Hygiene measures were conducted on a broader scale during World War I (1914-18). During the Civil War and military intervention (1918-20), the attention of Red Army hygienists was directed principally toward controlling and preventing epidemics, raising the level of sanitary conditions among the troops, and other such tasks. After the Civil War, military hygienists studied problems of military labor among various types of troops; they scientifically substantiated the food rations for soldiers, taking into account the work and living conditions of servicemen; they worked out hygienic requirements for quartering troops in barracks, in camps, and in the field; and they did research on the various types of military uniforms and field kits. Instructions and manuals were compiled on hygiene provisions for troops in peacetime and wartime. Also published were the basic manuals by N. A. Ivanov and F. G. Krotkov on military hygiene.
During the Great Patriotic War (1941-45), in the Main Military-Sanitation Directorate of the Red Army, a center was created that supervised hygiene provisions for troops. The posts of front and army food and water-supply inspectors for troops were instituted in the armed forces.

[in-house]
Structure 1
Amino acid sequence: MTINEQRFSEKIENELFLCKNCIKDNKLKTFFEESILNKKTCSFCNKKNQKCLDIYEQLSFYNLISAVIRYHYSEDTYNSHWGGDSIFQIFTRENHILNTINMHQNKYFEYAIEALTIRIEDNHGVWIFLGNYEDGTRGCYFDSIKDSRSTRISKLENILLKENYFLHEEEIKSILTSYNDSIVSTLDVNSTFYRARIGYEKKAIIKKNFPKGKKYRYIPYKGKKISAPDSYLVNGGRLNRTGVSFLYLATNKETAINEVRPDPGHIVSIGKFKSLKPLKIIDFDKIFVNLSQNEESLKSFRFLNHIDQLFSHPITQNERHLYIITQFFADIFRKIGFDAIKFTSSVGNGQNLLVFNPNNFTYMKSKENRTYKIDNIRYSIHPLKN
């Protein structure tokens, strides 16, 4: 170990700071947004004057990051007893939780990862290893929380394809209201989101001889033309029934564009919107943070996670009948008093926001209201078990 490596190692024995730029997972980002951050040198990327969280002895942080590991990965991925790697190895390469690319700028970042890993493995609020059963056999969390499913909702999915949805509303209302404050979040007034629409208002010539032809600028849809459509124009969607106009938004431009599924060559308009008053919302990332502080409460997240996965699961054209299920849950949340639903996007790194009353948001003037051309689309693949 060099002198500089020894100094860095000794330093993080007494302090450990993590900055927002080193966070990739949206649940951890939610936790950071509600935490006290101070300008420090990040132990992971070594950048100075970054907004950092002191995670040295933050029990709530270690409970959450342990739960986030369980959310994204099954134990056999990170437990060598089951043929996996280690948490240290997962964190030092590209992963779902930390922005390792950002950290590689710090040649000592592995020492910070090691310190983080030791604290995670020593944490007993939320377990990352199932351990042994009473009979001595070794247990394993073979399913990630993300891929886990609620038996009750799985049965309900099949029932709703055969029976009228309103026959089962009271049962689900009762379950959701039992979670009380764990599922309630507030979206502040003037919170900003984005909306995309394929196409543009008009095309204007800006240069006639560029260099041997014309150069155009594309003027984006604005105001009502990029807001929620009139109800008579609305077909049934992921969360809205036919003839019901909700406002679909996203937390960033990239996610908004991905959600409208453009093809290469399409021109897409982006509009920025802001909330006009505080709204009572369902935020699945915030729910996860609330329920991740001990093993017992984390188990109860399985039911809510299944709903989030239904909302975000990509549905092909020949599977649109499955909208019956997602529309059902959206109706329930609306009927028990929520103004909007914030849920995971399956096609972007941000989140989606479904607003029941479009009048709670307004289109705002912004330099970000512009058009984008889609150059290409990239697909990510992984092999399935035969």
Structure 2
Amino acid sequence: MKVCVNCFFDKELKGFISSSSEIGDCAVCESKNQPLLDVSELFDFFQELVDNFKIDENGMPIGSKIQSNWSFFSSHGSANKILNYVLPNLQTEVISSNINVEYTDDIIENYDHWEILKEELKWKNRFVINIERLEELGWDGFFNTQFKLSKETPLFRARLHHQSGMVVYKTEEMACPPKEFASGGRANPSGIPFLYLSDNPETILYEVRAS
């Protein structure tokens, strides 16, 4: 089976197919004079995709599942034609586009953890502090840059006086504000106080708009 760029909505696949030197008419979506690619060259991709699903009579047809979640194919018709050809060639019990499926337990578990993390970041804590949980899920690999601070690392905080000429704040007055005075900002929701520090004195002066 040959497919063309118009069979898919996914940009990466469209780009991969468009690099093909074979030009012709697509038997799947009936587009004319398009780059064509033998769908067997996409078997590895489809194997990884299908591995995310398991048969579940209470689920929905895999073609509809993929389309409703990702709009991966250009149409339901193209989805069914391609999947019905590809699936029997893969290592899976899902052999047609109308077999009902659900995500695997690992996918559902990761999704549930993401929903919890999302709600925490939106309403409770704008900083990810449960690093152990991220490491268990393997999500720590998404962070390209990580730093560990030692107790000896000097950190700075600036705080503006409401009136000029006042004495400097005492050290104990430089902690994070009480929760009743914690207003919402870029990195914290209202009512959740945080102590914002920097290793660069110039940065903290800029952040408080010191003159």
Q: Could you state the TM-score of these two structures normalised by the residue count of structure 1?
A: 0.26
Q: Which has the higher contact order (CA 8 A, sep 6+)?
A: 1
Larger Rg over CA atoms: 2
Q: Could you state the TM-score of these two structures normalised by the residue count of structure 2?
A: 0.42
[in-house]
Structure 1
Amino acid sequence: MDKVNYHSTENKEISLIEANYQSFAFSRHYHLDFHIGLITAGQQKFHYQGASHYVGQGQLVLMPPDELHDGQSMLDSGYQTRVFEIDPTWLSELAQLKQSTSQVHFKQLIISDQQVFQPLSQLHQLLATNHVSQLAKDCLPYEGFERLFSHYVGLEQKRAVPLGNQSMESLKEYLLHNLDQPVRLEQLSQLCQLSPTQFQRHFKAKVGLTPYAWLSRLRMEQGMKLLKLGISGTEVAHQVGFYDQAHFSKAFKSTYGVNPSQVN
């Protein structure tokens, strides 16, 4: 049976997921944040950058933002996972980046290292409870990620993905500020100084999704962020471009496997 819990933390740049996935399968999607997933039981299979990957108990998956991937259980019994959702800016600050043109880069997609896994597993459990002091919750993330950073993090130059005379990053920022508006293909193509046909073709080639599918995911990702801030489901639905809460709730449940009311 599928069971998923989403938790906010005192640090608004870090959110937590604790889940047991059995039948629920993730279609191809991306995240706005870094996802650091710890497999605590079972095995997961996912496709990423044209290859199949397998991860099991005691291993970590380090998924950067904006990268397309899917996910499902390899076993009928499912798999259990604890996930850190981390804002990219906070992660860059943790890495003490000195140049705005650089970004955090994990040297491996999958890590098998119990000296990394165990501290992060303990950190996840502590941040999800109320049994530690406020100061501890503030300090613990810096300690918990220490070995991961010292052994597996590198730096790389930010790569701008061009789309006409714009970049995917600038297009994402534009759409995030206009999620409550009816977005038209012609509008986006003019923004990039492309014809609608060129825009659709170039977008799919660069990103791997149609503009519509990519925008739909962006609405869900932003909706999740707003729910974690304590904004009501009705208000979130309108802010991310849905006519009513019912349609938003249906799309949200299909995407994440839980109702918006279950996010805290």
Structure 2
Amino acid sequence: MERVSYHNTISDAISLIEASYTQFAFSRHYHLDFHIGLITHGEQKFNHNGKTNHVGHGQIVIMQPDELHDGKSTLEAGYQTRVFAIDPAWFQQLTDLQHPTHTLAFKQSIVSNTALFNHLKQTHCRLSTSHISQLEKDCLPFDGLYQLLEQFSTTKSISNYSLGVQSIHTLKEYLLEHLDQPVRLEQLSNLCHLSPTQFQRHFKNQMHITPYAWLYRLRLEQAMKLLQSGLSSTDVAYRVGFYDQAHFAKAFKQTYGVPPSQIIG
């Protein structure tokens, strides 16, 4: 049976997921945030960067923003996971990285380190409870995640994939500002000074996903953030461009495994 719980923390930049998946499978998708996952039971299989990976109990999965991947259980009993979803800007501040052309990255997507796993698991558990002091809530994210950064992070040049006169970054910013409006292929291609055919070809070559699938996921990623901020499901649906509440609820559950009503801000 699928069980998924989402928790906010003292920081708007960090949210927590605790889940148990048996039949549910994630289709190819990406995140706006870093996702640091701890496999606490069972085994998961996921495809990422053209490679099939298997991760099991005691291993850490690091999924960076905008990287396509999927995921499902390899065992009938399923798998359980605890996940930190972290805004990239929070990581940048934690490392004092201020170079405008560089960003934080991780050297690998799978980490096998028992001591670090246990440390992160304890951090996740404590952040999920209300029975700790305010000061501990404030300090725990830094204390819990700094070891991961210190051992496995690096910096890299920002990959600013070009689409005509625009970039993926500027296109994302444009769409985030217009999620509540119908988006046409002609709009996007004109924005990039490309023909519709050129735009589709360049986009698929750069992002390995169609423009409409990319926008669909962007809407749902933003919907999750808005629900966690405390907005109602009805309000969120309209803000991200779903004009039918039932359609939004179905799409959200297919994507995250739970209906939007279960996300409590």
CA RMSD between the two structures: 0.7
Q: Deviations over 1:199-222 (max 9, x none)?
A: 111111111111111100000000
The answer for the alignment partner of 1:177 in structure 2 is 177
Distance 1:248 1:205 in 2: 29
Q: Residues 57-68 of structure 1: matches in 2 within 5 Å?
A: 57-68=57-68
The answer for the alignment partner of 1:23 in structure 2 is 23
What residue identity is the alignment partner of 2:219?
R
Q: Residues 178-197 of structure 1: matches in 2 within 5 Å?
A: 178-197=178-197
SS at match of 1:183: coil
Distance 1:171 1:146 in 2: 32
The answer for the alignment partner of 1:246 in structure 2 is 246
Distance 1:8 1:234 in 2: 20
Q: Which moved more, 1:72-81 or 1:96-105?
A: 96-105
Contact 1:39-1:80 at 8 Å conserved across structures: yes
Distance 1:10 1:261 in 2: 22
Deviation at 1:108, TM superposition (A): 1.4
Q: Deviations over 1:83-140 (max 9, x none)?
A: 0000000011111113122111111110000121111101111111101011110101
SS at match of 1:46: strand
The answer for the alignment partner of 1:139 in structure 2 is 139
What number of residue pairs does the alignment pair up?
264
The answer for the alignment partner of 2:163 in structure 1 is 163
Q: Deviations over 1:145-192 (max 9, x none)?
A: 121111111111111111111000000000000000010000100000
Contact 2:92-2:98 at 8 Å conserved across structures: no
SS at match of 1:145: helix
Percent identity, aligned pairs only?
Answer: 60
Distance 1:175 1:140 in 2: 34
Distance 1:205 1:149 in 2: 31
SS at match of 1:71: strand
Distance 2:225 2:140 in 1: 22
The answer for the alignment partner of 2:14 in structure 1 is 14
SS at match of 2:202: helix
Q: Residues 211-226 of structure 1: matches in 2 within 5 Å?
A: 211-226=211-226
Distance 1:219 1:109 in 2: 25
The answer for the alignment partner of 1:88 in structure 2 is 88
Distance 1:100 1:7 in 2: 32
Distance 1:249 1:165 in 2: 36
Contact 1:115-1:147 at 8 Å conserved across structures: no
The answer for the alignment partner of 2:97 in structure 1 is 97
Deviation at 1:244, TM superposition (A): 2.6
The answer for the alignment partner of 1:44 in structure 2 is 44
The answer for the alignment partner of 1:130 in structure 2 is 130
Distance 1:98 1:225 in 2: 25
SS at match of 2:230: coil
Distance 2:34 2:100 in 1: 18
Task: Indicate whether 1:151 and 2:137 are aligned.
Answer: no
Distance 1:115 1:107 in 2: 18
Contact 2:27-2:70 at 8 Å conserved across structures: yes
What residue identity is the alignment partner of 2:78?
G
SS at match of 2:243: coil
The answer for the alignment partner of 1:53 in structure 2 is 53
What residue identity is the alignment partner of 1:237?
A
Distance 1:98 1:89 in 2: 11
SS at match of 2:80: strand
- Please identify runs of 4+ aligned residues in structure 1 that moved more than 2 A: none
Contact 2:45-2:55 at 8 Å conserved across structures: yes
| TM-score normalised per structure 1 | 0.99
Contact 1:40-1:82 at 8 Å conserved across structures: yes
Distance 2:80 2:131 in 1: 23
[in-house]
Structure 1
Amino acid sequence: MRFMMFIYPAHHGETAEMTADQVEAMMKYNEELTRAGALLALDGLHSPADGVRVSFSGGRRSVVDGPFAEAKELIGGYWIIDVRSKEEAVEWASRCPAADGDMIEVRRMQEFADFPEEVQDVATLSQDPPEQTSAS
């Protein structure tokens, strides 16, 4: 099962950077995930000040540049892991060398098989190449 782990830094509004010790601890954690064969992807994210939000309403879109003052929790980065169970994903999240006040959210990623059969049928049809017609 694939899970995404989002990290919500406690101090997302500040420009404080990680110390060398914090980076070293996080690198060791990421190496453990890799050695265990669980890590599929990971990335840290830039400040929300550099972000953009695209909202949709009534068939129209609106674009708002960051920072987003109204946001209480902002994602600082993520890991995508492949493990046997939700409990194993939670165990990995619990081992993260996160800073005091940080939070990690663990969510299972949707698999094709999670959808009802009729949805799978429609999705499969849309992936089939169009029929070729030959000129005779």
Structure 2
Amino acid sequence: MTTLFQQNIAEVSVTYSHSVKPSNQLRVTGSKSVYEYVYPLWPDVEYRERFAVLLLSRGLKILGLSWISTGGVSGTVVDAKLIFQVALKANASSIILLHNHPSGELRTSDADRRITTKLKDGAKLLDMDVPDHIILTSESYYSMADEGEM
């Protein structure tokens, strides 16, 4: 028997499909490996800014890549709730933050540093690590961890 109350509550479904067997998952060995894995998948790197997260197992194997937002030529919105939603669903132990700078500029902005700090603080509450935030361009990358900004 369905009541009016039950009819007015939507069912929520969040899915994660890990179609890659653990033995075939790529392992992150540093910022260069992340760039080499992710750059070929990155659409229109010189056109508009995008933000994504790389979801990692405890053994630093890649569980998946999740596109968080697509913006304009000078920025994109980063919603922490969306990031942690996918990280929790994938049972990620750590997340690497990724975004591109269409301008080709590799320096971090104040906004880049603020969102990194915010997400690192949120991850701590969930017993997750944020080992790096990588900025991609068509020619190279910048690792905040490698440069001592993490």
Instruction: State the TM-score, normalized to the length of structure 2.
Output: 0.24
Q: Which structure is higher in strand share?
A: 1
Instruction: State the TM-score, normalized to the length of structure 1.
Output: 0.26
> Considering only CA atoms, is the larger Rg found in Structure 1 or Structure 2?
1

The experience of the Great Patriotic War showed that the chief tasks of hygiene provision for troops are timely organization of sanitary reconnaissance of new places for quartering troops; sanitary surveillance of disposition of troops in populated places and defensive works; daily checkup on fulfillment of requirements of personal hygiene (especially prevention of friction abrasions, freezing, and pediculosis); inspection of linens, uniforms, and footwear; medical control of the quality of the food; laboratory control of water quality and provision to the troops of the means for disinfecting carried water reserves; and participation in sanitary clearing of battlefields.
A new period in the development of military hygiene began in connection with the appearance of nuclear weapons in the 1940’s. Hygiene problems of dugouts and shelters, prevention of burns, and prophylaxis against radiation effects began to be worked out.